by julee snyder
You may recall in the post on the pelvis that we began to view the pelvis in terms of having two pelvic halves with the spine in between. In that view, the two pelvic halves meet at the pubic disc in the front of the pelvis, a location of movement. And the two pelvic halves meet the spine at the SI (sacroiliac) joints in the back of the body. Place the palm of your hand at the back center of your pelvis; this is your sacrum. On each side of the sacrum you may notice two little dimples. This is where your SI joints are. There is some possibility for movement here, but too much movement will strain your SI ligaments.
Judith Lasatar often teaches about the sacrum and SI health. In one of her recent Facebook posts, she announced that the sacrum is tilted anteriorly at a 30-degree angle in tadasana (mountain pose). This sets up your natural lumbar curve. Come into standing, feet underneath your hip sockets, and allow your sacrum to have its 30-degree tilt. Let yourself have your natural lumbar curve. In other words, don’t flatten your low back by tucking you tail. Instead, imagine a fishing line with a weight tethering straight down from the tip of your tailbone (coccyx). Without changing your tilt, add a little engagement of your abdominal muscles and pelvic floor. This is a supported tadasana.
Movement of the sacrum is called nutation and counternutation. In nutation (illustrated below), the top of the sacrum moves forward into the body. In response, the top of the illia narrow, the sitting bones widen, the tailbone lifts away from the pubis, and the lumbar curve generally deepens unless the whole spine leans forward to follow the tilting sacrum. Many of you have learned this as a dog tilt or have felt it in old cow pose.
The opposite is counternutation or cat tilt. With a few exceptions, most yoga poses are done in neutral or in nutation. Some exceptions include cat pose, rabbit, and crow – poses that require a deep, supported flexion of the lumbar spine.
Ironically, in yoga, backward bends and most forward bends use the nutated position. To explore this come into dandasana, staff pose, sitting with the legs out in front. The first thing to note is whether your sacrum is vertical. If you find that it is tilted backwards and it is difficult to sit tall, you will sit on props – blankets, bolsters, chairs, whatever it takes to sit with a vertical sacrum. If your hamstrings are tight, this is as far as your pelvis will be able to roll forward over the legs. If they are not so tight, let the pelvis roll over the legs. Then bring your hand to your sacrum and allow a tiny tilt forward of the top of your sacrum into the body. This is your nutation. Let your whole spine tilt forward as well, following the sacrum. From there, if you choose, you can consciously arc the spine into forward flexion from above the sacrum.
For backward bends, come onto your belly with your hands under your shoulders and your elbows reaching straight back. You always want abdominal support for backbending, but that doesn’t mean the same thing as tucking your tail. Instead actively reach your tailbone toward your feet and engage the pelvic floor and abdominals with a slight lift. From there, let your elbows reach back as your chest floats and your head reaches forward and arcs upward into a baby cobra. You probably didn’t even feel it, but your sacrum nutated to allow you to lift your head. Try it a couple more times and see if you can feel that slight nod of the top of the sacrum into your body.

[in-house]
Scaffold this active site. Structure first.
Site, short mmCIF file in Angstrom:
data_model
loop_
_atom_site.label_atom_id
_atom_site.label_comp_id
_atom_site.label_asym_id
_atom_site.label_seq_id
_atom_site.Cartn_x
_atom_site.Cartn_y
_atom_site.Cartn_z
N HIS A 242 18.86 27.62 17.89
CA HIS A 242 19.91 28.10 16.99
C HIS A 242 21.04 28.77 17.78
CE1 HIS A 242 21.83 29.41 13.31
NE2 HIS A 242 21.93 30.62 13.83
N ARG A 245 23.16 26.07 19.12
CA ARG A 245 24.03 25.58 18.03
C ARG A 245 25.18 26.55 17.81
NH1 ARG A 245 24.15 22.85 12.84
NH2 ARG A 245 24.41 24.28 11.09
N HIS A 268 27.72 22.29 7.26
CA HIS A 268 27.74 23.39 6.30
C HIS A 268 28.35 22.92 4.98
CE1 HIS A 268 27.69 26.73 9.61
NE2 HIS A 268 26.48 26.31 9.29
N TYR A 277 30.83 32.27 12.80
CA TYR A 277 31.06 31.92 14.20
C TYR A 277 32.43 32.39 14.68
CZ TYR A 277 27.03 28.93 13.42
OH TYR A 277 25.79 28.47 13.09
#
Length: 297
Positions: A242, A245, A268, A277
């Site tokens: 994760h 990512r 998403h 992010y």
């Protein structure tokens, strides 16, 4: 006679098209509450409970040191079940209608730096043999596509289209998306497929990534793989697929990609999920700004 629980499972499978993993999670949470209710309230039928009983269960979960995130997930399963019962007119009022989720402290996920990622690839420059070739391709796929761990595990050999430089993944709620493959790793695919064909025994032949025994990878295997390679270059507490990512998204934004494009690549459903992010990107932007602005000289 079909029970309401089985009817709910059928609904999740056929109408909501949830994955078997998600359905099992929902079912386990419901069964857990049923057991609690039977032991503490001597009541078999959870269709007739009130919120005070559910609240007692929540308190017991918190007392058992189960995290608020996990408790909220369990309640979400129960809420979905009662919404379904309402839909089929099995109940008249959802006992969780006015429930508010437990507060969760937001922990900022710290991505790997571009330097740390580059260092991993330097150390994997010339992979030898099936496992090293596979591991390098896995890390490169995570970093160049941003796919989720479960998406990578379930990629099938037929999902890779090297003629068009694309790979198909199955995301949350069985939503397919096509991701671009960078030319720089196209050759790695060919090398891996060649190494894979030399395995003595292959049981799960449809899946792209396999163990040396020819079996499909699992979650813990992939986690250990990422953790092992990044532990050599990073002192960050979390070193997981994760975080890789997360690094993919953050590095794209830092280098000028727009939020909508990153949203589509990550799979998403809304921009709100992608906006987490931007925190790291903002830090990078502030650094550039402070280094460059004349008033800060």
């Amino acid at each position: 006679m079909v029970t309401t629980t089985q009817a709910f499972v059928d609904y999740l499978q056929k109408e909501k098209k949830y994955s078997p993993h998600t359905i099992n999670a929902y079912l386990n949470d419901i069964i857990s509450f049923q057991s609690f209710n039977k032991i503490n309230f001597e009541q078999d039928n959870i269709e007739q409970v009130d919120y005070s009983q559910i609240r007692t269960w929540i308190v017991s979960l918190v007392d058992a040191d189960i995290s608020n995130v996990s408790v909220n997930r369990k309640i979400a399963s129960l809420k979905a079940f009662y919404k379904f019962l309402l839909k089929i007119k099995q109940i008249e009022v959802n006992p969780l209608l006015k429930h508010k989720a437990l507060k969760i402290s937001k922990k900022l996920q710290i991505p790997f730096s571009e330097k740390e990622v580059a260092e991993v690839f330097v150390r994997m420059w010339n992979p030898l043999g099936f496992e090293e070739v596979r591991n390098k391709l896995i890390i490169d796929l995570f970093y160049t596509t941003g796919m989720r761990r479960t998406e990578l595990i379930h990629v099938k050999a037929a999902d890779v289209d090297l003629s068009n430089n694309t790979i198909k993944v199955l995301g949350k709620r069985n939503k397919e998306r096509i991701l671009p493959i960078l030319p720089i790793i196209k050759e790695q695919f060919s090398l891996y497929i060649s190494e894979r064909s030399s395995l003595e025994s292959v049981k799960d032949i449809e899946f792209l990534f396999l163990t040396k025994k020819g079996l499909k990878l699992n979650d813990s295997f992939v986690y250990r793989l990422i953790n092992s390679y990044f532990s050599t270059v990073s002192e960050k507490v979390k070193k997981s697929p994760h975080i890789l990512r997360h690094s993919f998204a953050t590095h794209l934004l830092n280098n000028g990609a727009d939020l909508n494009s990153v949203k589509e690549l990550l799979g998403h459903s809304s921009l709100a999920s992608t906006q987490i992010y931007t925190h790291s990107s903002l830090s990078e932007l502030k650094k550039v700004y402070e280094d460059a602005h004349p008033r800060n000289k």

Another place to play with nutation and counternutation is in bridge. When we ask our students to tuck the tail and roll up, or down, bone by bone to articulate through the spine, this is counternutation. Try it a couple of times. Now, let’s try it a different way. Keep the back of your sacrum horizontal, don’t tuck. Press into your feet and let your pelvis just hover off of the ground. Notice the feeling of the illia sliding behind the sacrum slightly as the sacrum lifts up into the body. This is my favorite version to set up big backbends and inversions. But try it and see what works best for you.
One place of SI strain in yoga is in twists and asymmetrical poses. For asymmetrical poses, review the post on the pelvis and the one on foot to pelvis. But let’s talk about twists now. If you are isolating the twist to the thoracic and cervical spine, work to stabilize you pelvis. But know that your range will be limited. If you are doing a bigger twist, you will want to wrap the abdominals and take the twist through the whole spine. Because there is limited rotation in the lumbar spine, what often happens is that the sacrum rotates when we do this. If we keep the pelvic bones square and stable, our sacrum will turn, but our ilia won’t. This sets up a scenario of strain for the SI joints. Instead, let the pelvic floor be involved in starting the twist and let the pelvic bones rotate a little bit. So that if you are twisting to the left, the right sitting bone shifts forward a bit. This allows the ilia and the sacrum to stay on the same plane with little strain in the SI joints.
As always, try these ideas on in your own body and let us know what you experience.
Happy practicing and namaste!
[…] Also, to start understanding how your sacrum (sacred bone, yes, that’s what it’s called) moves in your pelvis, read this. […]